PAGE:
It’s also a good idea to remove items that can trap moisture and retain that damp smell. Carpets, rugs and towels are common culprits. If you can, avoid too many textiles in the bathrooms where humidity is highest and hang towels in a way that allows for them to dry as quickly as possible. Water-loving plants might be to blame, too, if you have lots of indoor potted plants with damp soil.


If your family loves the pool or beach, hang gear to air out before it has a chance to develop a stench. It might also be worth investing in a swimsuit dryer.

Sweaty laundry

Gym clothes and the kids’ jerseys can get real funky, real fast if you don’t stay on top of laundry. We know you can’t (and don’t want to) do the wash every night. It helps to take damp clothes out of your gym bag before they have a chance to marinate. Washing with a laundry detergent that’s tough on smells or adding a bit of Borax to your regular detergent can help keep sweat odors from building up over time.

Modern farmhouse laundry room.


Most textiles, whether it’s your bedding, favorite chair, area rug or carpet, or curtains, can absorb lots of smells. Get in the habit of tossing them in the washing machine or having them steam cleaned on a regular basis. For items that can’t be machine washed, or if you want an in-between refresh, try a DIY spray of half a cup of white vinegar, half a cup of rubbing alcohol, one teaspoon of cornstarch and 20 drops of a scented oil. Mix it all in a spray bottle, shake well before each use and spritz to freshen your upholstery. Just be sure to test the spray in a small area or somewhere you can’t really see – like the carpet at the back of a closet – before first use.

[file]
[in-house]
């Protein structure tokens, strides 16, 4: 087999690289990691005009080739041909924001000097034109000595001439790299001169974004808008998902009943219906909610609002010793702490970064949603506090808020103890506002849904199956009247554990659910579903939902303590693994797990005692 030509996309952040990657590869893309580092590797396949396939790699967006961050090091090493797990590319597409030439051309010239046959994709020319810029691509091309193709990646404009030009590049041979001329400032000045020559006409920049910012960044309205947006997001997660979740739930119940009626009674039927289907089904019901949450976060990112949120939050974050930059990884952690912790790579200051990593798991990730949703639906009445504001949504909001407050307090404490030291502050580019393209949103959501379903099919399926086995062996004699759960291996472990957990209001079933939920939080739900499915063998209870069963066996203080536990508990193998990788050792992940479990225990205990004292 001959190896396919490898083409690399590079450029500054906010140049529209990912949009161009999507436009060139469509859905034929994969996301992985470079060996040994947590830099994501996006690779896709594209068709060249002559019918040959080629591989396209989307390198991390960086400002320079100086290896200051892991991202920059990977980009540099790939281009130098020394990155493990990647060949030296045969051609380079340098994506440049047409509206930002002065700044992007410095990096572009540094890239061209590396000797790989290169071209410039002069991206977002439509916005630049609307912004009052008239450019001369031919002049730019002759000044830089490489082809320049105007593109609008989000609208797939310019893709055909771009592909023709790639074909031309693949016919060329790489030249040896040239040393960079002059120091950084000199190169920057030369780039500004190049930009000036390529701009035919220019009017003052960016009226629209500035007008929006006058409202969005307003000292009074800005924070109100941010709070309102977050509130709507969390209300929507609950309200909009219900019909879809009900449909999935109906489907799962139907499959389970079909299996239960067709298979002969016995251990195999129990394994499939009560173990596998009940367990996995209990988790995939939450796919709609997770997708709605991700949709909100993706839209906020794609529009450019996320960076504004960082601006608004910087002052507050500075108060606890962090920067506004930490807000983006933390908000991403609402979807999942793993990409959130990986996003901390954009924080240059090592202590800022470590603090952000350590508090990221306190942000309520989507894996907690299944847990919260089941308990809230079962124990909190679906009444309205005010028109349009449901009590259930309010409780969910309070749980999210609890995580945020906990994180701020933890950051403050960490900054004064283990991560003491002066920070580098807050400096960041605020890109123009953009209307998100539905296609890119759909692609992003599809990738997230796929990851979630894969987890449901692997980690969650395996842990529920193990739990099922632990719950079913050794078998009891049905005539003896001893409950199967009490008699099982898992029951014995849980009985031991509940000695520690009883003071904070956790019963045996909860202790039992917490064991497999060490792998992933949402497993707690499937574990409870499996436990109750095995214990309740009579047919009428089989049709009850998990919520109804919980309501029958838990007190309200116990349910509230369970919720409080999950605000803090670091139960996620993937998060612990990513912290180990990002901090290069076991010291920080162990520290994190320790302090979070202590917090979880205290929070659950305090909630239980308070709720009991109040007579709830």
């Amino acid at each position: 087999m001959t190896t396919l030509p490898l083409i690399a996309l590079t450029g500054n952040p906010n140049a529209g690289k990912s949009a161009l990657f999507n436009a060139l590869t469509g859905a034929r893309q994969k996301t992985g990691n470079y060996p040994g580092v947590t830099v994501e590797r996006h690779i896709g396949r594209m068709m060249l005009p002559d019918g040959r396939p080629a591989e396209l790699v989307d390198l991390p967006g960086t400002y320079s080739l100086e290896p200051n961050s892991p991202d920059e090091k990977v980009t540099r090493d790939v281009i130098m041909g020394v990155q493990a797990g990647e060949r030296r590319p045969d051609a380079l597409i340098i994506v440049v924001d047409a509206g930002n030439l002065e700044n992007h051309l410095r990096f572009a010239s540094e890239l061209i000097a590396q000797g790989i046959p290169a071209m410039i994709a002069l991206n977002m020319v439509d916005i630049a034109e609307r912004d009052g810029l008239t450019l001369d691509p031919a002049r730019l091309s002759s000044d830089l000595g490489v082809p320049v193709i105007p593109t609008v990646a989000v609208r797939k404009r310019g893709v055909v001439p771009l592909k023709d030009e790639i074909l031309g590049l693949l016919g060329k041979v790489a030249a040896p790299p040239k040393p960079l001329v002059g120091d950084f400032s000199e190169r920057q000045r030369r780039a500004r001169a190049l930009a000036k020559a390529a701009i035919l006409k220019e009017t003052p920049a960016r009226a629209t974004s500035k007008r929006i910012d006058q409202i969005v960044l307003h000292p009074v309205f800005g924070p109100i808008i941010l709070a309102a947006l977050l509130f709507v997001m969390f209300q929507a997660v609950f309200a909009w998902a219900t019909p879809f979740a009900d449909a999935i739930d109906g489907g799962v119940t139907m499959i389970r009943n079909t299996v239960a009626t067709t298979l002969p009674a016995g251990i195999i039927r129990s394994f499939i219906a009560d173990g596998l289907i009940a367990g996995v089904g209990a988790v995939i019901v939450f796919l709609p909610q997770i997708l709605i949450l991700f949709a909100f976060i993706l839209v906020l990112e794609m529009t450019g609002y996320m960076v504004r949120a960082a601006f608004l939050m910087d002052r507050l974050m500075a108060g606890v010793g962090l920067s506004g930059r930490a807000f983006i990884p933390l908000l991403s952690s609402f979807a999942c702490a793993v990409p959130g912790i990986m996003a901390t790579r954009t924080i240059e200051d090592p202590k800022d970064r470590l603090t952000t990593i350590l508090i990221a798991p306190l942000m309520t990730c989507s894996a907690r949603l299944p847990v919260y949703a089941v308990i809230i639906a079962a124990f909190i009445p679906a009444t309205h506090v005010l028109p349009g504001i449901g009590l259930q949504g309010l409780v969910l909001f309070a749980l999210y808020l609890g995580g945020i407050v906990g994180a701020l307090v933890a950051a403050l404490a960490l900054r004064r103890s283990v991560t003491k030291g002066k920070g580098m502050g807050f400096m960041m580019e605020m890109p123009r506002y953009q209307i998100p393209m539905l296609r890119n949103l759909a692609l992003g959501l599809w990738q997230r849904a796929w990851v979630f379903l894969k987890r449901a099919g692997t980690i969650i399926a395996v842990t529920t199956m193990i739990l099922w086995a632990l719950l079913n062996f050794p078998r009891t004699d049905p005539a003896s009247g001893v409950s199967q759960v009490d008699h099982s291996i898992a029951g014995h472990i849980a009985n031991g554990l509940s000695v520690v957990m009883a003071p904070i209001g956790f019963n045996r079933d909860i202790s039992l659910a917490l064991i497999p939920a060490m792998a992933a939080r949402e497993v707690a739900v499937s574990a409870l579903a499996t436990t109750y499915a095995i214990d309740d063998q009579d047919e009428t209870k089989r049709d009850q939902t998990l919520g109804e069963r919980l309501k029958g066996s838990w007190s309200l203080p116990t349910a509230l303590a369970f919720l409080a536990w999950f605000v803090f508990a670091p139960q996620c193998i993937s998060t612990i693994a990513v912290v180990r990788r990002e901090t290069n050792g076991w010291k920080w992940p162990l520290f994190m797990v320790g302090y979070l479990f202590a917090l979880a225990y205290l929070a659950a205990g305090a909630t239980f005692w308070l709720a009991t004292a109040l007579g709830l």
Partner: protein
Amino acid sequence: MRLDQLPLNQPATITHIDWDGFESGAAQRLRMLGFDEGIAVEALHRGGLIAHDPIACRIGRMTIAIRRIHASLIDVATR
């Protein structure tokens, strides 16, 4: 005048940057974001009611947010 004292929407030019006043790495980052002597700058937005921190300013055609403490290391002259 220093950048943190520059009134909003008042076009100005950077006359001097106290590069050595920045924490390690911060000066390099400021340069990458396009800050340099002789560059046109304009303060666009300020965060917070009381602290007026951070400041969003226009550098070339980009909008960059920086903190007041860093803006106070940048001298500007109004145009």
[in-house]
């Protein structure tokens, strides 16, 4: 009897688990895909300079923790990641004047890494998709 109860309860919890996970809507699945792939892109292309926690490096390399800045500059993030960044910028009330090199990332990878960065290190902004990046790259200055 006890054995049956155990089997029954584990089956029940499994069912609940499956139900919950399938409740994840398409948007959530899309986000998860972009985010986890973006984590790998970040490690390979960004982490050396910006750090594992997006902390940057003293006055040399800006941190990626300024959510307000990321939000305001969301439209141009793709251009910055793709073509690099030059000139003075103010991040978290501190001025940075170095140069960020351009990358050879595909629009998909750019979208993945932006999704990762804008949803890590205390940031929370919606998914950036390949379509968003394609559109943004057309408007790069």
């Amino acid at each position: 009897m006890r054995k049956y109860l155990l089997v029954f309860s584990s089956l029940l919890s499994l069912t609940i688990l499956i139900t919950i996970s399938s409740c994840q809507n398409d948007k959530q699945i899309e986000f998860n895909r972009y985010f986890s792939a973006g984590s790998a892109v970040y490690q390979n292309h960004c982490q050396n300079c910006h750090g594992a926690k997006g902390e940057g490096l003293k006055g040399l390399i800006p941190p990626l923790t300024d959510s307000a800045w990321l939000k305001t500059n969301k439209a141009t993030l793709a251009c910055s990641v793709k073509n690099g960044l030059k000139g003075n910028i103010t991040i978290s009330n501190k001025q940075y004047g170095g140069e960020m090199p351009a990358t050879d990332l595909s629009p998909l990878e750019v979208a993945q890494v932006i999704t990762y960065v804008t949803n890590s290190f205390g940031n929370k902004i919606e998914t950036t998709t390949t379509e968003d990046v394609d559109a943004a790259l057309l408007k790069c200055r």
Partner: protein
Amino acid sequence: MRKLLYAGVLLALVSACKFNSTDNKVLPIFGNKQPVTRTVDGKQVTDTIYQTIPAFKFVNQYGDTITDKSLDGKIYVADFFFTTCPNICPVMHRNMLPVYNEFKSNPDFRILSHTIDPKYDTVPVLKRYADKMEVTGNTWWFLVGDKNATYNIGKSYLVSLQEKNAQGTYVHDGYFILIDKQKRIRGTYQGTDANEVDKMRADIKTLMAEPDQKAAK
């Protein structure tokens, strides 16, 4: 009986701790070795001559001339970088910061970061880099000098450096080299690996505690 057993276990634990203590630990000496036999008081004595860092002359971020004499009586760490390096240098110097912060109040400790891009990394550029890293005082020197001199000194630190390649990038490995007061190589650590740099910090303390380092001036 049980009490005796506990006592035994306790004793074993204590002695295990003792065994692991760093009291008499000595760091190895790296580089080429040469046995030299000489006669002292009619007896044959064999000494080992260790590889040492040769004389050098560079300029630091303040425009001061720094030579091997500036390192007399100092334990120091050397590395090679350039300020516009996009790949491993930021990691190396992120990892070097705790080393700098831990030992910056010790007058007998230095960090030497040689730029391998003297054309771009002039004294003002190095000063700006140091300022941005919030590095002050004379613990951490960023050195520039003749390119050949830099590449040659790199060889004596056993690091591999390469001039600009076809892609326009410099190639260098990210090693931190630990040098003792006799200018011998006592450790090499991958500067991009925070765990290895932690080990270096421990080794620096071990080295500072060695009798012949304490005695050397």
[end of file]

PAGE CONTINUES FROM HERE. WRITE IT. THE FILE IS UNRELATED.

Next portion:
Kitchen smells

That Indian takeout or sauteed onions you made for dinner last night? Their smell lingers, often longer than you realize. If you can, open a window to let the odor dissipate naturally. You can also use spent coffee grounds, which are a natural odor neutralizer. Spread the wet grounds on a cookie sheet and let them dry overnight on the counter. Cleaning as you go or immediately after you eat can also help. When dirty dishes aren’t piling up in the sink and food isn’t solidifying on the stovetop, you’re less likely to end up with funky fragrances.


You also want to clean your refrigerator and pantry regularly. Obviously, dispose of anything that’s fuzzy or a strange color. Washing the shelves and drawers can also help keep odors from building up. Check your sink while you’re deodorizing everything and make sure your drain isn’t to blame for a fishy odor.